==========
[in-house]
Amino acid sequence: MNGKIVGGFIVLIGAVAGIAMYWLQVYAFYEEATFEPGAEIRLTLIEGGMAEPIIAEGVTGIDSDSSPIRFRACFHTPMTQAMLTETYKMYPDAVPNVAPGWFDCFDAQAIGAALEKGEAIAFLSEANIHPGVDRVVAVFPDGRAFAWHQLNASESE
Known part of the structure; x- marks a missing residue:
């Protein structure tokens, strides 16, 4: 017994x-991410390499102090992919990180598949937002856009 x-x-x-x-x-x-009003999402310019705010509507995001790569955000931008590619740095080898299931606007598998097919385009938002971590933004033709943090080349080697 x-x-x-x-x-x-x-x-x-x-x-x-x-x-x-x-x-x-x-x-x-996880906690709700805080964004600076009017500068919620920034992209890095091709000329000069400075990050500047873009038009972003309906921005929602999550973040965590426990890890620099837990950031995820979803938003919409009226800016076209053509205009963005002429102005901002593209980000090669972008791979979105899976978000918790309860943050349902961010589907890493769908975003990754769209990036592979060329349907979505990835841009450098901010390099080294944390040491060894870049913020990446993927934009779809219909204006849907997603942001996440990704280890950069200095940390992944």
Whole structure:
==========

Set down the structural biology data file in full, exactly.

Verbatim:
[in-house]
Amino acid sequence: MNGKIVGGFIVLIGAVAGIAMYWLQVYAFYEEATFEPGAEIRLTLIEGGMAEPIIAEGVTGIDSDSSPIRFRACFHTPMTQAMLTETYKMYPDAVPNVAPGWFDCFDAQAIGAALEKGEAIAFLSEANIHPGVDRVVAVFPDGRAFAWHQLNASESE
Known part of the structure; x- marks a missing residue:
């Protein structure tokens, strides 16, 4: 017994x-991410390499102090992919990180598949937002856009 x-x-x-x-x-x-009003999402310019705010509507995001790569955000931008590619740095080898299931606007598998097919385009938002971590933004033709943090080349080697 x-x-x-x-x-x-x-x-x-x-x-x-x-x-x-x-x-x-x-x-x-996880906690709700805080964004600076009017500068919620920034992209890095091709000329000069400075990050500047873009038009972003309906921005929602999550973040965590426990890890620099837990950031995820979803938003919409009226800016076209053509205009963005002429102005901002593209980000090669972008791979979105899976978000918790309860943050349902961010589907890493769908975003990754769209990036592979060329349907979505990835841009450098901010390099080294944390040491060894870049913020990446993927934009779809219909204006849907997603942001996440990704280890950069200095940390992944």
Whole structure: